The Delicate Art of Deciding

And sometimes making mistakes

Honeycomb of Life by Marina Zumi

I was pretty sure it was love.

We all want to believe that in the beginning. We want to believe it of others — that they love us; that we are worth loving — and, secondarily, we want to believe it of ourselves — that we are capable of love.

But mostly, we want to believe we’re receiving it.

And I thought I was.


I met him at the bar beneath the apartment where I lived with two roommates. They were both blonde and far too busy having fun to settle down with any of their perpetual string of admirers who met us there, and the three of us went down to the bar every night to for several drinks that always ended as a $6 tab. (This perk was far more attributable to my roommates and their charisma and their crowd than it was to me, because none of that was ever my long game. I just reaped the rewards.)

When I arrived that night, there was one empty stool left, directly in between my roommates and him.

We struck up conversation, as you do, and he asked what I was studying.

“Finance.” I said, offering nothing more.

He laughed a little. “Huh… that’s what I studied, too.”

I waited, studying him in response, not breaking eye contact but doing nothing by way of conversational effort.

After a moment he asked, “What are you gonna do with it?”

It was just a few weeks after Wall Street had been swept away in a market landslide. So I laughed a little as I said, “well… obviously not investment banking.”

He laughed too then, and paused. We eyed each other up.

Finally I yielded and asked the obvious: “What do you do?”

And he laughed and, without flinching, said, “investment banking.”


I was getting ready for our first “real” date a few days later when my roommates saw me and stopped in their tracks, both of them horrified.

I was wearing jeans, flips flops, and a t-shirt.

“Oh…god…” one mumbled, no longer fun nor lighthearted.

The other added, “you’re not… wearing that, are you?”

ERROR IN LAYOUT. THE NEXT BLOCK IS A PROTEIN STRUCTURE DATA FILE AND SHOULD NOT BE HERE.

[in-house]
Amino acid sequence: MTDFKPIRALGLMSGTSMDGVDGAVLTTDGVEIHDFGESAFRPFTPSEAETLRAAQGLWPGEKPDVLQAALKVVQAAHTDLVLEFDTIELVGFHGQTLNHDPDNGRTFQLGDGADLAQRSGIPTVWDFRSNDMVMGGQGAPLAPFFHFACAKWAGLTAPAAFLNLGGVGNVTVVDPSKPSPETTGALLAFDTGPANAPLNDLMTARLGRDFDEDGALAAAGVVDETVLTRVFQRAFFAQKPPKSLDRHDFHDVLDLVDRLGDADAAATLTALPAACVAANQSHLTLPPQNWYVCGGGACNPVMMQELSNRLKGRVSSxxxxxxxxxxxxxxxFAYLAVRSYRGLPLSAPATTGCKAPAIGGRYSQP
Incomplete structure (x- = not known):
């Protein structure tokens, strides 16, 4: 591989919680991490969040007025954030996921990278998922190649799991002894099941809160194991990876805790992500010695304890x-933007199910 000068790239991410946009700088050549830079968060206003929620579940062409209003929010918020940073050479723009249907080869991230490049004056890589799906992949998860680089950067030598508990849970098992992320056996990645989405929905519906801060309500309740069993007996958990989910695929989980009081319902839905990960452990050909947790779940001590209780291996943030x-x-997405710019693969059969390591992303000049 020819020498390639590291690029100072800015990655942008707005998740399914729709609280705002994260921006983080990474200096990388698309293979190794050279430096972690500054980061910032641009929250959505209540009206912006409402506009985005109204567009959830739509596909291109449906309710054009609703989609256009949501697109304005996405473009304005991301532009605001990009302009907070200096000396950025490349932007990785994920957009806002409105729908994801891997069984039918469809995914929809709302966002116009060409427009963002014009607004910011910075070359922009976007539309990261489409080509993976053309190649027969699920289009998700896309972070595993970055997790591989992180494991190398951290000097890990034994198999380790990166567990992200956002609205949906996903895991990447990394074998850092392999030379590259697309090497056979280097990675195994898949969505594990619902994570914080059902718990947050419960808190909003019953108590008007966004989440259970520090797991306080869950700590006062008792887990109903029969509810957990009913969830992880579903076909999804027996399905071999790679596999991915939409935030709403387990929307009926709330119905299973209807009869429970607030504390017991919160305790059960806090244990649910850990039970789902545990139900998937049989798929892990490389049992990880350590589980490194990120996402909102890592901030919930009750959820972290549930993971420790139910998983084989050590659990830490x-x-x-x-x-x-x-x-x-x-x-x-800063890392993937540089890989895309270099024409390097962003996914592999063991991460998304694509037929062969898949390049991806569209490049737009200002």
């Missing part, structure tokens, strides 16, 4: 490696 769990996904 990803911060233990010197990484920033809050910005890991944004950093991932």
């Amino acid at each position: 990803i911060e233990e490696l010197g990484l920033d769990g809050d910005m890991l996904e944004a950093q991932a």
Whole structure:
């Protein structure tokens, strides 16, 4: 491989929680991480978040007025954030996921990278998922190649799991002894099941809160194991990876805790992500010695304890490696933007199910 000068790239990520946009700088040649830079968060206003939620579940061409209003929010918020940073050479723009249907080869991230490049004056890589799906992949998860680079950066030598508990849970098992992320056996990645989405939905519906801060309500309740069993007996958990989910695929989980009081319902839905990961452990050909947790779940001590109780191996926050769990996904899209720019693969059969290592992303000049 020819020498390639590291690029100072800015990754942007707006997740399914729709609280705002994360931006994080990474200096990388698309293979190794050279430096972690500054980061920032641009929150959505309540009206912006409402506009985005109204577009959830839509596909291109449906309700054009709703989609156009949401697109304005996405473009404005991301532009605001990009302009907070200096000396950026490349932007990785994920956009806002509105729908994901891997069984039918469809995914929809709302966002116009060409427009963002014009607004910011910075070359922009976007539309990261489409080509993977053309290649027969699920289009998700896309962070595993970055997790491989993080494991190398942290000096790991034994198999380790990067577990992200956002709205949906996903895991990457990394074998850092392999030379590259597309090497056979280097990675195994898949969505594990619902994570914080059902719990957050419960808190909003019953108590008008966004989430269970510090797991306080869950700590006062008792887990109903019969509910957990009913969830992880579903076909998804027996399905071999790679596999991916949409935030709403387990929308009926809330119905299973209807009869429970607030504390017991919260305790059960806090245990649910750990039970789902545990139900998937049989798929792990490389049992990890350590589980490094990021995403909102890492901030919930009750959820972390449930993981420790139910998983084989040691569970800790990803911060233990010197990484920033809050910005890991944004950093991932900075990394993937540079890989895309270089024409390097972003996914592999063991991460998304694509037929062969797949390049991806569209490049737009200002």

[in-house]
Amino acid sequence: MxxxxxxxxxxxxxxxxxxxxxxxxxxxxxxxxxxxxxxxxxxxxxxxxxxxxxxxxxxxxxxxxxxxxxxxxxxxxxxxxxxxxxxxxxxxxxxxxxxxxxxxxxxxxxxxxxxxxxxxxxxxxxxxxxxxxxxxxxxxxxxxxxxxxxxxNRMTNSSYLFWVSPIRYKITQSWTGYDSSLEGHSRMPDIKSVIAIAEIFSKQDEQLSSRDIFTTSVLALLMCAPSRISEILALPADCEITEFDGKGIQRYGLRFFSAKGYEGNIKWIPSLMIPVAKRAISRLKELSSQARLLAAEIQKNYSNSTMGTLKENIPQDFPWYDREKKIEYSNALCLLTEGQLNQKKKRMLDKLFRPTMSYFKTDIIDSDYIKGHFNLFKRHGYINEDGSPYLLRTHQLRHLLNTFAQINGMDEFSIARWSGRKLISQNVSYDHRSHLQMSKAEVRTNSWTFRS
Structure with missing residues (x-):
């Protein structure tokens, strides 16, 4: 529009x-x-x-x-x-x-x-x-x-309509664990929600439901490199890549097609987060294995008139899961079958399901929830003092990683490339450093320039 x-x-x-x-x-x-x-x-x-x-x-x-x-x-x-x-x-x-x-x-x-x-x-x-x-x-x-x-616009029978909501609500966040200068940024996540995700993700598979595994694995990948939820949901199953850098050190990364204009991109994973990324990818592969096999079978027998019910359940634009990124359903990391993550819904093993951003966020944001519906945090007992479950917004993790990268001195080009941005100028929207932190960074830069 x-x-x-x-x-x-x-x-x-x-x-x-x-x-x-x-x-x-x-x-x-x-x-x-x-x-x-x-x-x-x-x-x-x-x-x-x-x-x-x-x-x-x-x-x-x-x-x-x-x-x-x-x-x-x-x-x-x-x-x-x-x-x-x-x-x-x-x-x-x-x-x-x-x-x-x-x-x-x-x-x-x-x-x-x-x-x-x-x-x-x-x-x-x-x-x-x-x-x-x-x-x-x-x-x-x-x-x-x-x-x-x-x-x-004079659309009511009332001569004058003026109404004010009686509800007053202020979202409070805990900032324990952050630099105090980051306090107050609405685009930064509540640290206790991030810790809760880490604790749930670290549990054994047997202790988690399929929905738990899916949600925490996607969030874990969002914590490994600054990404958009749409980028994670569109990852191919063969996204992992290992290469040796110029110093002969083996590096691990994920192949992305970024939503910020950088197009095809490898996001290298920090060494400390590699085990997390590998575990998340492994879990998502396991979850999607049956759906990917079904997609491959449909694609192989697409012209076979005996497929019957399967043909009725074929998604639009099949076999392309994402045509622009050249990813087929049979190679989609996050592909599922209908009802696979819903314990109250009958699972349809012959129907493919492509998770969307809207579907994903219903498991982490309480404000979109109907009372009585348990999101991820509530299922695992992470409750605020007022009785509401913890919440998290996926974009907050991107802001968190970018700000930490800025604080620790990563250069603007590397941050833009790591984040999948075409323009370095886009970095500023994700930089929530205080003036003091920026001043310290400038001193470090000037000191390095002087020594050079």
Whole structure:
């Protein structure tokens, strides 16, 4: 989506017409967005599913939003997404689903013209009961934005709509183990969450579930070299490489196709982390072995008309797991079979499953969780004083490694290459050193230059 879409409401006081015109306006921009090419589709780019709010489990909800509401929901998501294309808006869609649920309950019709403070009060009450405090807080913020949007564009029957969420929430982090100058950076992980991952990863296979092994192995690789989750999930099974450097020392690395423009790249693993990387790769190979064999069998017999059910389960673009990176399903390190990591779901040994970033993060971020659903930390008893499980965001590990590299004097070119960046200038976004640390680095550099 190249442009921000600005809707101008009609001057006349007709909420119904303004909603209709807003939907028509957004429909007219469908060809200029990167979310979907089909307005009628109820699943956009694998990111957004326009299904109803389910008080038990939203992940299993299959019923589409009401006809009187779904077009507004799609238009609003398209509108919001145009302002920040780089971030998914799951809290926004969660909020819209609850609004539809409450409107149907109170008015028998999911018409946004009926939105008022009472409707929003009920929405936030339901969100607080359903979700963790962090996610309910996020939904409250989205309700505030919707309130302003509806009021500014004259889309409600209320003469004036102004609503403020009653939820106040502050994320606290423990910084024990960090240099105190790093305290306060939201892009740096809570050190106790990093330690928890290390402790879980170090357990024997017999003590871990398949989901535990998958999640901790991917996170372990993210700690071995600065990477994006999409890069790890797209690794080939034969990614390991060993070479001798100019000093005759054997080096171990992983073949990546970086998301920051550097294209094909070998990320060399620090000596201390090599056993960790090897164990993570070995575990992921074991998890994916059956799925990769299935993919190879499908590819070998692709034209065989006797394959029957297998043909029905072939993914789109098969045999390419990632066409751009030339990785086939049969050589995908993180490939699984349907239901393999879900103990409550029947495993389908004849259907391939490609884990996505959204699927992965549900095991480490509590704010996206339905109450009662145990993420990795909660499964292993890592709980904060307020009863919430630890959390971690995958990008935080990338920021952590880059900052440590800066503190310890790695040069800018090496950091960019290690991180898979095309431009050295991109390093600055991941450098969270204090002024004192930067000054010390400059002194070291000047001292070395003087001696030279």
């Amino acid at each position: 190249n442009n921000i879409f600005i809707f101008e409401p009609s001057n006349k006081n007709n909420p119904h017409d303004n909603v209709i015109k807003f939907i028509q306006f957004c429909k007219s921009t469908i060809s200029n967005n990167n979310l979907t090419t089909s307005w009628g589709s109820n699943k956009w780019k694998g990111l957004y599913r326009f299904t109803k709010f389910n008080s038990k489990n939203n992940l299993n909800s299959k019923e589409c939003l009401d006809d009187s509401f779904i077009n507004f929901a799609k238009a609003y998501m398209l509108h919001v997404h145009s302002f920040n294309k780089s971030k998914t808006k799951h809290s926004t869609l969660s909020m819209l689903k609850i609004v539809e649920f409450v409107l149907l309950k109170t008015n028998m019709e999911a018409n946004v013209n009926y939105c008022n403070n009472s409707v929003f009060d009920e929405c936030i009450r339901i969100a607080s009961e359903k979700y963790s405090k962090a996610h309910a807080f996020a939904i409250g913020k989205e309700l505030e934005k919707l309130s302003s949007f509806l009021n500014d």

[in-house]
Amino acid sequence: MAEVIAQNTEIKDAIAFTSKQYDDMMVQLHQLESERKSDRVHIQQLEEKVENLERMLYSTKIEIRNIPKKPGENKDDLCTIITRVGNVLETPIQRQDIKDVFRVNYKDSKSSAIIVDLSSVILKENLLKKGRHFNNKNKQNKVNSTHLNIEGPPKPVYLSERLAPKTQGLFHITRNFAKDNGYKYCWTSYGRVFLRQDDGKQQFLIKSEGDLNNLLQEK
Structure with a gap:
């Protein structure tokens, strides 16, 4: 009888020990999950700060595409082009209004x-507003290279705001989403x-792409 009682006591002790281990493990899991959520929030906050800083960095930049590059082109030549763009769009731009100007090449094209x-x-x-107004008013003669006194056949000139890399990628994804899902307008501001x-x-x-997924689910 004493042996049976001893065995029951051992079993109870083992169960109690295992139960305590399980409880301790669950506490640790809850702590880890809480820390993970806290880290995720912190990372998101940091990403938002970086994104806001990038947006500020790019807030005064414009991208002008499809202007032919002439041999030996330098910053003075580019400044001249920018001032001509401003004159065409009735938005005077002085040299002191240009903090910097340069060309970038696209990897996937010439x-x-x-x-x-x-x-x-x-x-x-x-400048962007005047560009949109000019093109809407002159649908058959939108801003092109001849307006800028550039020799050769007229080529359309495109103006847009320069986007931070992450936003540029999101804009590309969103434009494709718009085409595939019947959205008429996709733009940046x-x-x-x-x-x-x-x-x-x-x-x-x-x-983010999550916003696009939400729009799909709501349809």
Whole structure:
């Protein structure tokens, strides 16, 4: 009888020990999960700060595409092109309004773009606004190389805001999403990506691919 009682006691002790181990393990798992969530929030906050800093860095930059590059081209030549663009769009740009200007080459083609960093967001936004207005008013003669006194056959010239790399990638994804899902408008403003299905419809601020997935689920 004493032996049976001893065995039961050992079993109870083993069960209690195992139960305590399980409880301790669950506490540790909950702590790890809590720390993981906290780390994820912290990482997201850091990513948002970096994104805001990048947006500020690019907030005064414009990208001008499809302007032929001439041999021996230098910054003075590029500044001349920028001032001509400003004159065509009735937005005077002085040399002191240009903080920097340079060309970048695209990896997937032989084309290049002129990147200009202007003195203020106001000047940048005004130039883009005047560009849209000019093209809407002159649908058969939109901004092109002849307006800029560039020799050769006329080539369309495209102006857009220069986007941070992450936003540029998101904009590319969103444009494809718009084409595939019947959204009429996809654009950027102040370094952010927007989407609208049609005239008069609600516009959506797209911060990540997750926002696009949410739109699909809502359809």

I laughed, grabbed my keys and said,

“If he doesn’t like me like this, then he doesn’t actually like me at all, and he’s not the one for me.”

It was important to me that he not see me as that girl — the girl; arguably most every girl; the girl we’re asked to be; the girl so many of us will ourselves to be, the girl we so want to believe will make us happy. By proxy. The girl who knows how to dress properly for a first date.

I wasn’t her.

And I actually thought that that mindset — and those flip flops — would somehow be enough to protect me from being made into her.

I was wrong.


A few months later, we were spending most of our free time together. I liked a lot about him: he was everything that everyone thinks they want from anyone— composed, conversational; good at his job and rewarded accordingly. He was funny but not too funny, friendly without being too friendly; good-looking but not preened, casual but not unkept. He was sane, stable, decently smart. He was from the Midwest but had started his career in the city, and I think anyone would’ve agreed that he had close to the best of both worlds.

He must’ve felt something similar towards me, I guess, because at some point early on, he said, for the first time of many:

“I’m gonna marry you.”

I knew right then that he never would.